The Indian government is giving VPN and cloud service providers an additional three months to comply with the logging requirement. The new rules would officially apply from Monday. By delaying the entry into force for three months, India wants to give companies more time to comply with the new rules.
That writes the American tech site TechCrunch.
India announces strict logging rules
In late April, India said new legislation for VPN and VPS providers, data centres and cloud service providers was on the way. The government demanded that these companies keep logs of their systems from June 27. They had to register, among other things, who used their services, the start and end dates of a subscription, the original IP address of users, email addresses, contact details, financial transactions and account cancellation dates.
The Indian government demands that the above data be kept for five years after the termination of an account. The log files of the computer systems must be kept for 180 days in India. If necessary, this data should be handed over to the Indian Computer Emergency Response Team (CERT-In). Finally, tech companies are required to report a serious security problem, cyber attack, data breach or data theft within six hours.
After the decision, one VPN provider after another announced the removal of their location servers in India. It started with ExpressVPN, followed by Surfshark and Private Internet Access (PIA).
Tech companies fear ‘weakening cybersecurity and online privacy’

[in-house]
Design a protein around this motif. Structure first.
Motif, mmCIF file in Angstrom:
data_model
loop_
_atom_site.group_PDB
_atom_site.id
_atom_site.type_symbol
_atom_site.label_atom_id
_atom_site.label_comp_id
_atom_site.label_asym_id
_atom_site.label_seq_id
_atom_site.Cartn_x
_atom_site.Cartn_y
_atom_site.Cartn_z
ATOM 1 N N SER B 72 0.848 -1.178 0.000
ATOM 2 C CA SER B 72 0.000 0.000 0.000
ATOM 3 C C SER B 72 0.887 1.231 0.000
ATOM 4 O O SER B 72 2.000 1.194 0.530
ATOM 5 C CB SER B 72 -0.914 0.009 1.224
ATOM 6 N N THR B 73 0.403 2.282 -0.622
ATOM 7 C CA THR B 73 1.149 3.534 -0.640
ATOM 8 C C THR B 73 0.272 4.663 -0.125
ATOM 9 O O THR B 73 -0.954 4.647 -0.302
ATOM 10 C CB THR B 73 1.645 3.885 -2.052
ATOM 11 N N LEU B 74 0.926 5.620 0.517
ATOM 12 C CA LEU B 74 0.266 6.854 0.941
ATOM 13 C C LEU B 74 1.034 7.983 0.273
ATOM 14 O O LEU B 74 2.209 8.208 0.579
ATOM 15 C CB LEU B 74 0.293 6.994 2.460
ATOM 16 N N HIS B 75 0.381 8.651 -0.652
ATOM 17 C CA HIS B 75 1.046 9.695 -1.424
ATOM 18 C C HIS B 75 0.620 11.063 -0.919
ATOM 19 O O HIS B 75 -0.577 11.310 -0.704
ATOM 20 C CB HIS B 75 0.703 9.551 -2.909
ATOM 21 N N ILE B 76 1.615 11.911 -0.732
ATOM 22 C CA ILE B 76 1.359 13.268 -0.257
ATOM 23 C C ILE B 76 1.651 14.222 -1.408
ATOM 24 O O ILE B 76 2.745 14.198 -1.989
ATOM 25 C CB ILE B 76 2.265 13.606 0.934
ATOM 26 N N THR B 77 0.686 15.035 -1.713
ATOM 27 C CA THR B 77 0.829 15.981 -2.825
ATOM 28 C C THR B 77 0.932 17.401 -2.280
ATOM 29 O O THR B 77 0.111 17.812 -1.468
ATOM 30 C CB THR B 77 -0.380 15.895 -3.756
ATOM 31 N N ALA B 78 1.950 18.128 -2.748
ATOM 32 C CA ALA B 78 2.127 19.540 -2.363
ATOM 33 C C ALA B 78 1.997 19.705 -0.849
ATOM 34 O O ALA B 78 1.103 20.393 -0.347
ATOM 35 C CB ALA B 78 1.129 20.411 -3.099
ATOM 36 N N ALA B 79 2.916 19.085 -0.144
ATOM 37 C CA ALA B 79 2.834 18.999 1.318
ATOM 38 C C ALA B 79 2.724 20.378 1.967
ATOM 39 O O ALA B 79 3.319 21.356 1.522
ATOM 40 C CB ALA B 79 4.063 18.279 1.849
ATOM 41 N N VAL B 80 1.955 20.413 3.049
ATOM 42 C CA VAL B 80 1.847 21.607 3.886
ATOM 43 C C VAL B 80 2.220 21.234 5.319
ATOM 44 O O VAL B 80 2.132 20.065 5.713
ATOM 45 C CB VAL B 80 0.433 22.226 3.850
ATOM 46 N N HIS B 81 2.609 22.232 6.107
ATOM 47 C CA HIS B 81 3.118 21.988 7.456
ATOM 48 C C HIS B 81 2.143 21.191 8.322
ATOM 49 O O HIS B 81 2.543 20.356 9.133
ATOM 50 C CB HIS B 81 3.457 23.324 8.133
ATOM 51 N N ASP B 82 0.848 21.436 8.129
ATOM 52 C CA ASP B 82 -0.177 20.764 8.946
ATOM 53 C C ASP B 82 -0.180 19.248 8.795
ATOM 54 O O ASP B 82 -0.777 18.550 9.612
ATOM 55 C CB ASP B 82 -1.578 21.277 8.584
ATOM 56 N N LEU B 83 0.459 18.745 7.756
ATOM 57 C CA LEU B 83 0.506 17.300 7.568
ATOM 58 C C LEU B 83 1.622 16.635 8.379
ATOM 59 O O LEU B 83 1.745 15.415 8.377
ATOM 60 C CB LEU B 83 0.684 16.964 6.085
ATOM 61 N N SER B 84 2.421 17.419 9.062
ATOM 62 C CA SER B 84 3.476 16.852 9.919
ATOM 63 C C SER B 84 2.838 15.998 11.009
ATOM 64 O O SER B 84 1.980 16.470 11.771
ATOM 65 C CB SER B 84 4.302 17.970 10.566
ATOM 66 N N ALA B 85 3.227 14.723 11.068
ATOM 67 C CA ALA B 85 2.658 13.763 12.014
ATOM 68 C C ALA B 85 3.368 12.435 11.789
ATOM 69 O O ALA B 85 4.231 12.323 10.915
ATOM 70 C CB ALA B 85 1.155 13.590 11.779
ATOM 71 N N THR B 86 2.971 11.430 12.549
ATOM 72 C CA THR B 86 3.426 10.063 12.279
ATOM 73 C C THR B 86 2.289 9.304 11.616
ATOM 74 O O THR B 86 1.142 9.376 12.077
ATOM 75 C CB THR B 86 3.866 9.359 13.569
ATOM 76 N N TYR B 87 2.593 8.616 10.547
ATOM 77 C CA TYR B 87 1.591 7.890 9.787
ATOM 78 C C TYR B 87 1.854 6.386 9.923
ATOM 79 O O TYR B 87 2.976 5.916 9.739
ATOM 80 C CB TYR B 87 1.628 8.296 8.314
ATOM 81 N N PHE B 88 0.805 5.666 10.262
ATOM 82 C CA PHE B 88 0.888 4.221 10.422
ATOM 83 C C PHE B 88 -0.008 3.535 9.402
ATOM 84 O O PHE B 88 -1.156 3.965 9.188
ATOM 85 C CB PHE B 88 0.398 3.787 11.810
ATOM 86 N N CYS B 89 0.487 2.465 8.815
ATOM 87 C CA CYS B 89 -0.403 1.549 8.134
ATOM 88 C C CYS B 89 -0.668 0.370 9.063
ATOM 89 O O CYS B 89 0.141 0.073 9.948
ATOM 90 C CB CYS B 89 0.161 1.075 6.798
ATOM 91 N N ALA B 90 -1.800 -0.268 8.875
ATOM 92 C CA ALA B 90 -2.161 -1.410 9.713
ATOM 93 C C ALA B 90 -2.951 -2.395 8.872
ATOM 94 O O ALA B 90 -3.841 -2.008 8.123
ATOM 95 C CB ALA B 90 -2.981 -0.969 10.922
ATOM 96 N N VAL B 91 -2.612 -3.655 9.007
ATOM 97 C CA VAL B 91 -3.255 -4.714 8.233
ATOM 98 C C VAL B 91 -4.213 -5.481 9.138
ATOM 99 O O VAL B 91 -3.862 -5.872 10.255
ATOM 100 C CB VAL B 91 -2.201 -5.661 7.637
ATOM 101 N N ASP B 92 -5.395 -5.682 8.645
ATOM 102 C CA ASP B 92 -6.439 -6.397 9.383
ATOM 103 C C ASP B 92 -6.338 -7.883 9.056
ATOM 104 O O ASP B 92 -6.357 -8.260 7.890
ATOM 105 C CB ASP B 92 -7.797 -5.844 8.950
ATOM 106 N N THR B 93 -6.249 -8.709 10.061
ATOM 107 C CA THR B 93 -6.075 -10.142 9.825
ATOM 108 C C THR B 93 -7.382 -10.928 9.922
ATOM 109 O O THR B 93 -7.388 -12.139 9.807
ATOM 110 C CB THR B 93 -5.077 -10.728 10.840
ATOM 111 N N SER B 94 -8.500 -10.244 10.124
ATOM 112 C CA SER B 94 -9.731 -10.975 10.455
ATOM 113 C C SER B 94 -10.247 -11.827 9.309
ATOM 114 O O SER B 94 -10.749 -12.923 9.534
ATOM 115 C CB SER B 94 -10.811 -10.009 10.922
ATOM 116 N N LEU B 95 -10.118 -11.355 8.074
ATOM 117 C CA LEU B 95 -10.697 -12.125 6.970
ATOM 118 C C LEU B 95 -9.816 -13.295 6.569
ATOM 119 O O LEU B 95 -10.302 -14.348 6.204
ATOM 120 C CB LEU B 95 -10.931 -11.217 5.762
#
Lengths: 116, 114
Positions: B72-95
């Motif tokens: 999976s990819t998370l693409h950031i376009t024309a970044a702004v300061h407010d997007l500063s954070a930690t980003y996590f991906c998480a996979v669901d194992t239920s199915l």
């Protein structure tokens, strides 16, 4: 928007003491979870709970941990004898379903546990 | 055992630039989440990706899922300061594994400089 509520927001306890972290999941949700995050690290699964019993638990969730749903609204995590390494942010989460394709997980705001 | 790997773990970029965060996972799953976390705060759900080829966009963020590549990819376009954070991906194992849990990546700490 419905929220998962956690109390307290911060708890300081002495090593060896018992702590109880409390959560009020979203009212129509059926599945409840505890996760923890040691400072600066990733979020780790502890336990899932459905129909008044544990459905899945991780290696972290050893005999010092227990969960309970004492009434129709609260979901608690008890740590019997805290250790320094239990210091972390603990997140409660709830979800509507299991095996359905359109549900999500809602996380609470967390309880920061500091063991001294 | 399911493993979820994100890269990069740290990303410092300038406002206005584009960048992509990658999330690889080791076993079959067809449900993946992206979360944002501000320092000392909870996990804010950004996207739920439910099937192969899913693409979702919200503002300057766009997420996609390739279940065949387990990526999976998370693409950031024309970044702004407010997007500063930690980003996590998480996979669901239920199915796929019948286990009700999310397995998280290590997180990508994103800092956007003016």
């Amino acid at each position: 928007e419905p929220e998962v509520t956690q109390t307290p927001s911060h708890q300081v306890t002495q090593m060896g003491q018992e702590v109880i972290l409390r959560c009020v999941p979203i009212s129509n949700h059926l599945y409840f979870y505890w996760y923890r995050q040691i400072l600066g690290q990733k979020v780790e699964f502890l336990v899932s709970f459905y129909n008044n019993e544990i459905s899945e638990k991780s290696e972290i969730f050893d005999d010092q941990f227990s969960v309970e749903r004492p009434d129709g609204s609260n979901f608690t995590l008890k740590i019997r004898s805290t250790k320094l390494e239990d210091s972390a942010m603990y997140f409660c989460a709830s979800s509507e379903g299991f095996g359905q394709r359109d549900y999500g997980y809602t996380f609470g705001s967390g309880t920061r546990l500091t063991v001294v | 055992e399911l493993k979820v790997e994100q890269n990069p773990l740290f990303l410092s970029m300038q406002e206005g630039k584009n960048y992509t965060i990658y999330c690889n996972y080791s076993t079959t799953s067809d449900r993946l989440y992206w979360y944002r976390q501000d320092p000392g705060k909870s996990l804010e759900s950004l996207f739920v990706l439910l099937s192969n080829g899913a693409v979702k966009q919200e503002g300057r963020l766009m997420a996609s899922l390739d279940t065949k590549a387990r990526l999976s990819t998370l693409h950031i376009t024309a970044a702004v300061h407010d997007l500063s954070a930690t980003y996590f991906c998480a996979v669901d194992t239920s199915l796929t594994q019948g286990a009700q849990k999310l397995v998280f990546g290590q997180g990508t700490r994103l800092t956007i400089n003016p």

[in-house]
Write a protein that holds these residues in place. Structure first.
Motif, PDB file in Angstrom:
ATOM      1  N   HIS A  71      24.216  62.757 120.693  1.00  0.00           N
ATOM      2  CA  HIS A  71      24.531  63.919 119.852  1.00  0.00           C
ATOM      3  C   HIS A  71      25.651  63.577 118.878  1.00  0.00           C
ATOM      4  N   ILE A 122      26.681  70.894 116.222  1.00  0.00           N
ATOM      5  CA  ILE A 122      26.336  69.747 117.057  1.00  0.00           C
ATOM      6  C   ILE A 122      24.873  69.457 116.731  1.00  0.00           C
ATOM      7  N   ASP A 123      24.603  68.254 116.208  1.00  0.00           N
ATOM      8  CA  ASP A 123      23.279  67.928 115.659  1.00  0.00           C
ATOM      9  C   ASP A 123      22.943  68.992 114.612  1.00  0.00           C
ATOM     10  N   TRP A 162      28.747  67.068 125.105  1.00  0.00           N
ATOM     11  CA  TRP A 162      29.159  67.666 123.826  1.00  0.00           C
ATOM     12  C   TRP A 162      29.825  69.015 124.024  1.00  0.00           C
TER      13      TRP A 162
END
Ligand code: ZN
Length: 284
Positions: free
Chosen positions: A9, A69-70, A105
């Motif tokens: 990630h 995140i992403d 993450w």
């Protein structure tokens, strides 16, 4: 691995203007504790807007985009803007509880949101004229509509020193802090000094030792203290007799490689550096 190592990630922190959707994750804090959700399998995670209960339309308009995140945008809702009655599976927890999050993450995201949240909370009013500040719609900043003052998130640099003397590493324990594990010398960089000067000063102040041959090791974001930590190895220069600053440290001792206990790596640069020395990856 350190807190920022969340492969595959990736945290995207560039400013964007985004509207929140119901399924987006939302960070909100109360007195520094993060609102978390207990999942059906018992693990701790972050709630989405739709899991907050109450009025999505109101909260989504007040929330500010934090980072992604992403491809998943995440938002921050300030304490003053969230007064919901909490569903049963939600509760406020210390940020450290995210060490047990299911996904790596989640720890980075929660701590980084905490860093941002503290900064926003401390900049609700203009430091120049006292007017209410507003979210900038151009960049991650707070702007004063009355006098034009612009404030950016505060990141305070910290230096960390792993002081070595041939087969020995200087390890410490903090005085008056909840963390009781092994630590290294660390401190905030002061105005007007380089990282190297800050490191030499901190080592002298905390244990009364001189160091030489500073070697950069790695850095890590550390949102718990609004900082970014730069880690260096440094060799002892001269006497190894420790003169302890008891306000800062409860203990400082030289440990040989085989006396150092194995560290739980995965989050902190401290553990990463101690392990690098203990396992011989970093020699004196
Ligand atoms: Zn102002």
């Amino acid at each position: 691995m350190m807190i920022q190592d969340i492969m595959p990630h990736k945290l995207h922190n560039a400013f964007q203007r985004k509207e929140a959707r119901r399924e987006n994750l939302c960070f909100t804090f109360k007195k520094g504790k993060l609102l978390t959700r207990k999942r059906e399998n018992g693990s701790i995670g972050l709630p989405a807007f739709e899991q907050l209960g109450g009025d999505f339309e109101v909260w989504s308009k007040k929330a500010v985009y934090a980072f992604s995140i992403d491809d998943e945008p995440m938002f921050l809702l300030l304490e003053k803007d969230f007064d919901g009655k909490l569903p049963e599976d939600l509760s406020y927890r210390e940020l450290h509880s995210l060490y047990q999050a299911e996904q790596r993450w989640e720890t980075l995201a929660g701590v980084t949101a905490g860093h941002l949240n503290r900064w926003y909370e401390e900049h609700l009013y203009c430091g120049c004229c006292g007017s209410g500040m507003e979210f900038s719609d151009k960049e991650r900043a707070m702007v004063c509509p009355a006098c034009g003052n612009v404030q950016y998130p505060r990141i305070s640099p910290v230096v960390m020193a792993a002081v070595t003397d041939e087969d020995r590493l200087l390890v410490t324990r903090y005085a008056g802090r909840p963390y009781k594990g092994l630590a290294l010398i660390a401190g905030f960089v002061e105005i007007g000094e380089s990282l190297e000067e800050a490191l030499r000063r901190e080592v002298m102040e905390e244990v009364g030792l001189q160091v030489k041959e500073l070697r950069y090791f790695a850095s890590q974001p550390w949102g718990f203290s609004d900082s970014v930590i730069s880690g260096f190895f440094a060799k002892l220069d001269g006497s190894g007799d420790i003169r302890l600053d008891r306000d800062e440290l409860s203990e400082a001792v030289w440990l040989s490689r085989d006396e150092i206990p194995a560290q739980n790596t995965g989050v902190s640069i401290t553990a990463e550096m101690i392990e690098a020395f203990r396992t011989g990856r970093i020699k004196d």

According to TechCrunch, CERT-In announced Monday evening that the enforcement of the logging rules will be postponed by three months. This means that the new regulations will not come into effect until September 25. The deadline has been pushed back because the companies had asked for “extra time” in a joint letter.
The letter was addressed to CERT-In and the Ministry of Electronics and IT. The signatories asked the department not to implement the “dangerous cybersecurity guidelines”. “Current instructions will inadvertently weaken cybersecurity and its critical component, online privacy,” they write.
The signatories continue their story. “We are aware of the need for a framework for reporting cyber incidents, but the deadlines prescribed in the instructions for reporting and excessive data retention will have negative impacts in practice and hinder effectiveness while compromising online privacy. and endanger safety.”
Minister calls reporting obligation ‘very generous’
Rajeev Chandrasekhar, the electronics and IT minister, said last month that VPN providers seeking to disguise the identities of their users “will have to withdraw” from India. He also made it clear that he didn’t feel like discussing the new rules. He also said he found the six-hour reporting requirement “very generous”. The minister emphasized that Indonesia and Singapore are stricter with the reporting obligation.
In the European Union, companies and organizations have 72 hours to report a data breach or ‘report of a personal data breach to the national regulator. This is laid down in Article 33 of the General Data Protection Regulation (GDPR).
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